Katharine Stewart begins her essay for April 9th with: “The curlew’s call now accompanies all the garden work.” (p. 58, A Garden in the Hills). Here in Glasgow I don’t think there are curlews about – I could be wrong – but the blackbirds, sparrows, tits and starlings are very vocal, which delights me.
Bird life in the park is mysterious and interesting. One of the swans – Mama swan from last year? – is now sitting on the nest:
But there are still masses of other swans in the park. I counted over 25 of them yesterday. And they are courting:
They are beautiful to watch, when their two bowed heads seem to form a heart shape. Where will all these potential swan couples find a place to nest? Will they fly off soon? Will there be a dozen swan families in the park? Time will tell.
Katharine Stewart quoted T.S. Eliot’s “April is the cruellest month” and reflected: “I wonder if he really knew how right he was. The vegetable plots are ready now and I am tempted to sow and plant. But the whisper of experience is there, close to my ear. There’s frost to come and lashing rain…” (p. 58)
We had a frost here yesterday morning, so it will be a while yet, even in the tropical lowlands of Glasgow, before it is safe to plant tender things.
Stewart wrote: “The laborious task of clearing is often relieved by the unearthing of strange things. … An interesting find one day was a Lovat Scout badge, perhaps fallen from the lapel of a digger years ago!” ( p. 58-59) (The Lovat Scouts were a Highland Army unit raised by Lord Lovat at the beginning of the 20th century.) In my garden I have also been tidying and clearing, and have found a treasure: a primrose that I didn’t plant myself. Look how charming it is:
I did plant the narcissi bulbs myself last October, and it is good to see their cheerful faces. I believe this variety is in fact “Yellow Cheerfulness” from Clare Bulbs.
Even with frosts still possible, things are beginning to really put on growth. If you click here you will see the difference a few weeks has made:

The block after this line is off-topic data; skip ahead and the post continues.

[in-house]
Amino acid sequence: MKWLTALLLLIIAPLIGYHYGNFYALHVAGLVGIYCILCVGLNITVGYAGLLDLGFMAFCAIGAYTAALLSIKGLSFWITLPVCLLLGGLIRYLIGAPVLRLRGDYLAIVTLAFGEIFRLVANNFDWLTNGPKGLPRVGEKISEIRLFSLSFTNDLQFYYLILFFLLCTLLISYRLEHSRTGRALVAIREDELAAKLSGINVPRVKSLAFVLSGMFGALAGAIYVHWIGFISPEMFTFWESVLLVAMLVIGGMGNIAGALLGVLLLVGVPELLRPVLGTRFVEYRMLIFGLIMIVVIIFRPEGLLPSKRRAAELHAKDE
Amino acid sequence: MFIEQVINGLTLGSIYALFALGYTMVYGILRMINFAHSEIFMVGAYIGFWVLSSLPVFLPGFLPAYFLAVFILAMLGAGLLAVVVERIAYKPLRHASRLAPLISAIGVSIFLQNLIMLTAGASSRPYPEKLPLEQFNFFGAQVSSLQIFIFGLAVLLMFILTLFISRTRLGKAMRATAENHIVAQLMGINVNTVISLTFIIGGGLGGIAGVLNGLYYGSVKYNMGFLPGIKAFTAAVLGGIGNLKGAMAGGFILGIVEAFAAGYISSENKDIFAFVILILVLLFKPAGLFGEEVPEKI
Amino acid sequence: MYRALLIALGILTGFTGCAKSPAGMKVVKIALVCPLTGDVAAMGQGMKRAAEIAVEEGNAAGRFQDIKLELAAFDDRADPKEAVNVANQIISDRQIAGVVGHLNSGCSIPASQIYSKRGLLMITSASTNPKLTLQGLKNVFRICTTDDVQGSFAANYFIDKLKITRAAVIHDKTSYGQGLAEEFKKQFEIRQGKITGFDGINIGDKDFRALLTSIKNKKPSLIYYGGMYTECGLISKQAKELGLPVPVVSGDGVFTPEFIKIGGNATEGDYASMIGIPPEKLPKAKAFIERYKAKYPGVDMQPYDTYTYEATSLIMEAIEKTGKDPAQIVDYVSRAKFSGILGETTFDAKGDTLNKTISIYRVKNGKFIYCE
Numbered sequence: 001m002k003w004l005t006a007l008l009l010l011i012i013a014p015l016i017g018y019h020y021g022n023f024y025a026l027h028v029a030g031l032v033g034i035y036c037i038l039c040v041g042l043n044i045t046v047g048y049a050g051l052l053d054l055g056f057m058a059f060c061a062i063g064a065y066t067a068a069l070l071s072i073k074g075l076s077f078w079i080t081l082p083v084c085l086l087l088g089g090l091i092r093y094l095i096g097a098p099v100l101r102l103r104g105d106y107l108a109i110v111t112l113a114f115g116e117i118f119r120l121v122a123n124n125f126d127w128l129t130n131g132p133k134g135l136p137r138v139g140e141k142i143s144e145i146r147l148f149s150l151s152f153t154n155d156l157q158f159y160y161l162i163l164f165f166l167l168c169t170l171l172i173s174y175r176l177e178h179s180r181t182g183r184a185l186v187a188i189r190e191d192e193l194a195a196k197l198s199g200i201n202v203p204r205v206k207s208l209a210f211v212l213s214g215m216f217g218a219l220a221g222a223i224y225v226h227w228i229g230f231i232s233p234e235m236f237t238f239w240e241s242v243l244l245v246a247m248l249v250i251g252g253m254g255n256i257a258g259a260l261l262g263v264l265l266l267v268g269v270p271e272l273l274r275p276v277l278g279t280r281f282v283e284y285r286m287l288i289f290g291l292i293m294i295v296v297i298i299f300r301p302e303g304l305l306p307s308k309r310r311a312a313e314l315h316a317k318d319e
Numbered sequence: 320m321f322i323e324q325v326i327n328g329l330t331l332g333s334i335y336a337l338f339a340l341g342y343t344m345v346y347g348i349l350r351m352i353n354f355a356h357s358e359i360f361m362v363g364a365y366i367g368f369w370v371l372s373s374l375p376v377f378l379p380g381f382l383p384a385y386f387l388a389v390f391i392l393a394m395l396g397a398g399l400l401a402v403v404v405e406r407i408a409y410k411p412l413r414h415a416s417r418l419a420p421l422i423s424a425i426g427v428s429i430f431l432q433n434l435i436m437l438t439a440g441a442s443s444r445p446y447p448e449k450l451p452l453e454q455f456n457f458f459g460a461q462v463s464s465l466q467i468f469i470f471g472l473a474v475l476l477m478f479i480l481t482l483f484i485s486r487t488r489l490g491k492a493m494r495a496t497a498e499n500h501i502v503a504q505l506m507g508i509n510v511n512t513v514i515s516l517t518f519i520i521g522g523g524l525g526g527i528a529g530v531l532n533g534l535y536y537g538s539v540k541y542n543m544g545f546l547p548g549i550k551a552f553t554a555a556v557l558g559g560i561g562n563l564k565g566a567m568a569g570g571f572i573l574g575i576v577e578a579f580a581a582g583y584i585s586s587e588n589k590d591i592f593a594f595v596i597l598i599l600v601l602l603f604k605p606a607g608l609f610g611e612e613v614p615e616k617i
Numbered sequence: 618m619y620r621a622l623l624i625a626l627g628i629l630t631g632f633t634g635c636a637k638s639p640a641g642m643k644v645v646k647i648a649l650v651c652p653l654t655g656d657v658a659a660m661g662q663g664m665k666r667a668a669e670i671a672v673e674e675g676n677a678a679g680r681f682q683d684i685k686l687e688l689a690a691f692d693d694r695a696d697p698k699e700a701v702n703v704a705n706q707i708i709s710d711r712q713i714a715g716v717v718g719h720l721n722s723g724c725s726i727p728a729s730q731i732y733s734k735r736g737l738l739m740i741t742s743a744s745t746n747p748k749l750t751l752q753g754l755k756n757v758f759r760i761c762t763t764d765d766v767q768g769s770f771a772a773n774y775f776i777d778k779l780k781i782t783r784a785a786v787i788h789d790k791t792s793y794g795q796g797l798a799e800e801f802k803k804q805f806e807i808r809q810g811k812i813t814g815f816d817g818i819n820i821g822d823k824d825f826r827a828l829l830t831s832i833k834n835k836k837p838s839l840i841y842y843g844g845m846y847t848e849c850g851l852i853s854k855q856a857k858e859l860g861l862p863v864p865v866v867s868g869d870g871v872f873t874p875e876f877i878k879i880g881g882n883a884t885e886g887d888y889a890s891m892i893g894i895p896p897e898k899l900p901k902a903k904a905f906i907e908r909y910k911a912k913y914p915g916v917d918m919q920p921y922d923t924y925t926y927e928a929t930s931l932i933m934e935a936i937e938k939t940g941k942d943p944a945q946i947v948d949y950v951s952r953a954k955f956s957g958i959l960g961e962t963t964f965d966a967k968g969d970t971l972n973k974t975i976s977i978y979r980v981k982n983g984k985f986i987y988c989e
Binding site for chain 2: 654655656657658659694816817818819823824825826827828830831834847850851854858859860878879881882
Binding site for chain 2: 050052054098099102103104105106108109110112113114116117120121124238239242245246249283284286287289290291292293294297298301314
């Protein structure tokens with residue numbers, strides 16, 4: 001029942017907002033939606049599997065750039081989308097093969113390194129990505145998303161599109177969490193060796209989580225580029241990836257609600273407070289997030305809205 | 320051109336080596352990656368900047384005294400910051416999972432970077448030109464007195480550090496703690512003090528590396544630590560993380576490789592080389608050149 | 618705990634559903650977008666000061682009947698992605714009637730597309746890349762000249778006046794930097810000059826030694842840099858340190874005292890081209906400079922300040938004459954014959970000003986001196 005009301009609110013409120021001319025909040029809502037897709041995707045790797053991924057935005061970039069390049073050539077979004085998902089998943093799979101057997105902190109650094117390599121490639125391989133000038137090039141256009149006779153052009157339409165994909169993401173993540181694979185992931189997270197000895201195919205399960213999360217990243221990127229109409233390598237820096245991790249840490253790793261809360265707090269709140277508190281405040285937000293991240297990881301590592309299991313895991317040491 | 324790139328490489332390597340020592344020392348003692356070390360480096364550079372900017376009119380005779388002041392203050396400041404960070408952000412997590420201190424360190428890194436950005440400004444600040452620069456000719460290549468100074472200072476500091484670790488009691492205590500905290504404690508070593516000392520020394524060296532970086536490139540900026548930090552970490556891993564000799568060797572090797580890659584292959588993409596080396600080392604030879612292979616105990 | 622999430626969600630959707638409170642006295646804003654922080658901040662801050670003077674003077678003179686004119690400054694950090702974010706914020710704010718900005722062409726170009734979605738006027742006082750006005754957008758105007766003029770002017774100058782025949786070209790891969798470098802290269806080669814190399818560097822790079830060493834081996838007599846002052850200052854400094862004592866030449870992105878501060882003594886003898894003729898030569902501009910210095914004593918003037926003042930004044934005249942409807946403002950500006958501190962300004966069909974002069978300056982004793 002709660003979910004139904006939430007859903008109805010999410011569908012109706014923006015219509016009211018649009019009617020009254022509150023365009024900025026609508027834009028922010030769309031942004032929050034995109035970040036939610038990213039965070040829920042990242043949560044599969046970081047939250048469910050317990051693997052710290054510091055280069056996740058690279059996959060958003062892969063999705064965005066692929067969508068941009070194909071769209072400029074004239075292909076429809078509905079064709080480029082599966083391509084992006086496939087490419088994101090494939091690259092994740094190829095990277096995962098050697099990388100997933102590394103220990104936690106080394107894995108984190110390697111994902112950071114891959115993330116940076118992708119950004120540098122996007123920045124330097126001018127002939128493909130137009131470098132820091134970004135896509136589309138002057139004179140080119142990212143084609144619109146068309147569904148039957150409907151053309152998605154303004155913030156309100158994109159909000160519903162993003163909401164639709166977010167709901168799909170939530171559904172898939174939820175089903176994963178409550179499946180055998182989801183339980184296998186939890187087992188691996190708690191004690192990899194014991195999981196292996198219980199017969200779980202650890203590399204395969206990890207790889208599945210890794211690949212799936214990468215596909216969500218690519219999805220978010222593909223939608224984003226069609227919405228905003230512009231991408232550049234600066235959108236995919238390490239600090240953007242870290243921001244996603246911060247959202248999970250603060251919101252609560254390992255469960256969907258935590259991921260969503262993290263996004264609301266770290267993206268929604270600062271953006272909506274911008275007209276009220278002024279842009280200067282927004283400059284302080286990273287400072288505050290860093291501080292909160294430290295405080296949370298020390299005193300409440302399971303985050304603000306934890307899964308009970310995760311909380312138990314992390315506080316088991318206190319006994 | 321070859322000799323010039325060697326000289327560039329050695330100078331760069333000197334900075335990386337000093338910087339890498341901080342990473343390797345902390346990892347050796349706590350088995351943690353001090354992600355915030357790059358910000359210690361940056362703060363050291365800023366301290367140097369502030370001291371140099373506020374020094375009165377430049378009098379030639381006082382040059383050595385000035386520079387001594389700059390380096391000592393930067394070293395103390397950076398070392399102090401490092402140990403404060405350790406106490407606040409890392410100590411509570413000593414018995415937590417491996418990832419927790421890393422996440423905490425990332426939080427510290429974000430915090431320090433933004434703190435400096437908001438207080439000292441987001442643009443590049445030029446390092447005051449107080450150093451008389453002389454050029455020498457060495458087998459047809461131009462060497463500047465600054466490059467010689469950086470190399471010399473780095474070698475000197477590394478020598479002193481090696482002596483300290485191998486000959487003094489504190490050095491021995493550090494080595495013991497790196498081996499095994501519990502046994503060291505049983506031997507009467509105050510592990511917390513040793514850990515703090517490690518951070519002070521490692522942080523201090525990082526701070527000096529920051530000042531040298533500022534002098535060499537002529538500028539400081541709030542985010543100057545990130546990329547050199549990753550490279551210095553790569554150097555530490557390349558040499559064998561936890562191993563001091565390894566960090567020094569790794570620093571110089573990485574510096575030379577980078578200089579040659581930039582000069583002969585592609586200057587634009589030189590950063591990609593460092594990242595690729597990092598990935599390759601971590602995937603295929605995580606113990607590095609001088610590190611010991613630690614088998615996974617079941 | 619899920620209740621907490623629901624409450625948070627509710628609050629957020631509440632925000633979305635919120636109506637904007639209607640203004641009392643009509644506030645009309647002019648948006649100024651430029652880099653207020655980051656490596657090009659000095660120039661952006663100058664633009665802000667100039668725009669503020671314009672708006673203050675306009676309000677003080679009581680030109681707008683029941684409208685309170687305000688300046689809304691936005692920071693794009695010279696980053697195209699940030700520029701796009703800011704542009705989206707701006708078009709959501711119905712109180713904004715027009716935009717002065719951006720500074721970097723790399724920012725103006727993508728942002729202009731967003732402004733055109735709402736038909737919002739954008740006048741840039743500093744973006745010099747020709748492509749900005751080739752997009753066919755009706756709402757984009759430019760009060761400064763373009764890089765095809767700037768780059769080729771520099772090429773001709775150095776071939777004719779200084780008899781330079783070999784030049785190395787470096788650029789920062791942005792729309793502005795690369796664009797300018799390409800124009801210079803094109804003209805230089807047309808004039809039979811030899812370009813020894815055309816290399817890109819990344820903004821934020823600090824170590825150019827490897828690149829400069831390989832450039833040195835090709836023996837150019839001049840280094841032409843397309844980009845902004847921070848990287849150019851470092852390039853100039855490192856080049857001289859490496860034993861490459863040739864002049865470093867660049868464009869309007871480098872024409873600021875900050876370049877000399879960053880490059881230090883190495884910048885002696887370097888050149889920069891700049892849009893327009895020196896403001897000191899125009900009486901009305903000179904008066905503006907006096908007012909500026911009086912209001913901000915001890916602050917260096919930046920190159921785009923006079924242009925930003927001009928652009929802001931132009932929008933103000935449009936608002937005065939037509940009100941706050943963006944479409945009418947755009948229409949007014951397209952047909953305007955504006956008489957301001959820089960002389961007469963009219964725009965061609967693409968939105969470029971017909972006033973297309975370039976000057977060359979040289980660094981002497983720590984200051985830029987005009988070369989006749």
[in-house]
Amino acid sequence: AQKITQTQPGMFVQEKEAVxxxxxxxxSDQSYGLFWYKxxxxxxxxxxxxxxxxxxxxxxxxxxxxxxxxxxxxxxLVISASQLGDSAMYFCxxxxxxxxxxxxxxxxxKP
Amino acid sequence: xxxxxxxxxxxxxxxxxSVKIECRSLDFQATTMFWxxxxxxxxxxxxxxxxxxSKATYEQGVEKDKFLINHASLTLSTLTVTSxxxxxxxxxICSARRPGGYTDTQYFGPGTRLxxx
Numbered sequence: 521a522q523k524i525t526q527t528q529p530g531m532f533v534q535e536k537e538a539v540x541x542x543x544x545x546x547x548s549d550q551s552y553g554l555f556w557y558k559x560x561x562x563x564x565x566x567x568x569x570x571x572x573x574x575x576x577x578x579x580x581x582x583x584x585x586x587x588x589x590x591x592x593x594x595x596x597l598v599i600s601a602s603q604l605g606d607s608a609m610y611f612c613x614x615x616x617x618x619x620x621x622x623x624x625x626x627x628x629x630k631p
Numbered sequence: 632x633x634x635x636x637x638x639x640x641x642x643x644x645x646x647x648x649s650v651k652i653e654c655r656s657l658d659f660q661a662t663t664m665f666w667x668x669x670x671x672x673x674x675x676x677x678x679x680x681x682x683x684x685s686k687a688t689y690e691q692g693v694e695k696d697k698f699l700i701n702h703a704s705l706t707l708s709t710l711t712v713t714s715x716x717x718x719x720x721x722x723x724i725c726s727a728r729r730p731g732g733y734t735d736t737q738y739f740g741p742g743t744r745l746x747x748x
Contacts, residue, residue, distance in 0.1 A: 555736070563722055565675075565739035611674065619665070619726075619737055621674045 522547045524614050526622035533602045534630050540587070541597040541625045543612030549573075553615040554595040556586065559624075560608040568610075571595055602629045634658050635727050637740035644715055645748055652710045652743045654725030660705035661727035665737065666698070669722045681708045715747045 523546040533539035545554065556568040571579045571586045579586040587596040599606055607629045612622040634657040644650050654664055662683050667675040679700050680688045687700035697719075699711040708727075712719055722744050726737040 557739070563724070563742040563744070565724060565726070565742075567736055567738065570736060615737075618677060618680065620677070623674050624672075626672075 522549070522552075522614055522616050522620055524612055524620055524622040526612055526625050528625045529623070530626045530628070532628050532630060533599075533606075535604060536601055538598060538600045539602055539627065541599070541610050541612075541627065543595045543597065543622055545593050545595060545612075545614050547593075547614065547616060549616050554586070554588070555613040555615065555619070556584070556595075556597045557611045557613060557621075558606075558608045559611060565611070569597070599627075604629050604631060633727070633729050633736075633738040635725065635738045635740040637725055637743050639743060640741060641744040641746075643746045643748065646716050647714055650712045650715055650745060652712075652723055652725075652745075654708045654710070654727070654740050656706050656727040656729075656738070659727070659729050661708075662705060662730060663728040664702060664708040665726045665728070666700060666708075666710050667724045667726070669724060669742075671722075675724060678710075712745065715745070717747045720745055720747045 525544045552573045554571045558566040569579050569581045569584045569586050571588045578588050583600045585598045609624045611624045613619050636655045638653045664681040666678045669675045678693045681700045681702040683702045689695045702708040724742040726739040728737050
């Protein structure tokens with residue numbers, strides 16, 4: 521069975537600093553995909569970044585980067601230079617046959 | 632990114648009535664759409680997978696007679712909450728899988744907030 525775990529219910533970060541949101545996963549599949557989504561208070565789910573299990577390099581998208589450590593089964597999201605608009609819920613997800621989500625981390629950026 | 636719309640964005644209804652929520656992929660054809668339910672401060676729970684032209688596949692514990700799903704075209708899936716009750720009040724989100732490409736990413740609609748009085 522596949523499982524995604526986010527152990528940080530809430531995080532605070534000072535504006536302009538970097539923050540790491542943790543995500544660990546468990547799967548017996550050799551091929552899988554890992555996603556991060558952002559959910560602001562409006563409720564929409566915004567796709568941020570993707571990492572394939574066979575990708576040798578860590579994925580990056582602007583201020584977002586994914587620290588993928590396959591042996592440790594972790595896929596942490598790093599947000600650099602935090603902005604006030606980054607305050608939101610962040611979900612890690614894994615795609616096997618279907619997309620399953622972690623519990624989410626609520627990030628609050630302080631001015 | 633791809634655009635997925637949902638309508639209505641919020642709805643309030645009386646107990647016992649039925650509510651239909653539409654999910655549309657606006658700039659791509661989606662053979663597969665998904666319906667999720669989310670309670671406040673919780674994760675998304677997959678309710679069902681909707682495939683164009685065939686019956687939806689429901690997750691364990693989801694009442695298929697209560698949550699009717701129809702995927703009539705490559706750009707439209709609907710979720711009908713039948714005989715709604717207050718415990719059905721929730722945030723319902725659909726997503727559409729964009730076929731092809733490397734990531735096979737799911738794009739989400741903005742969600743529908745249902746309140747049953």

Katharine Stewart, curbing her impatience to sow and plant, writes: “We must wait a month yet, and try for a waxing moon.” (p. 58) I am not going to wait a month to sow my poppies, nigella and marigolds. Partly because I do want to wait until the new moon, and partly because I’m about to leave for five days, and I don’t want to add watering to Michael’s responsibilities while I’m away. Also, the poppies need to be sown before it warms up too much – they need cold to germinate.
The poor Dafter has been particularly unwell with tonsillitis. She has been amazed by the sympathy she’s received – this is clearly an ailment that people recognise as painful and serious. Since she feels so unwell with ME/CFS at the best of times, she has been joking about answering any queries about her health with “Well, I’m not quite up to 50%, but getting there!”
I have been sitting by the bedside a bit more than lately – a salutary reminder that she is better, because for so long that was my and her reality. And I’ve used the time to fashion a little pouch for my trip, made from the yarn I bought at the Edinburgh Yarn Festival:
Ravelry details are here, if you are interested.
So I am away tomorrow, God willing, to the Isle of Harris for a getaway. I’m really looking forwards to it. If you’re interested to see where I’m going, here are some links to the posts I did last year:
Mar sin leibh an drasda / cheery bye the noo!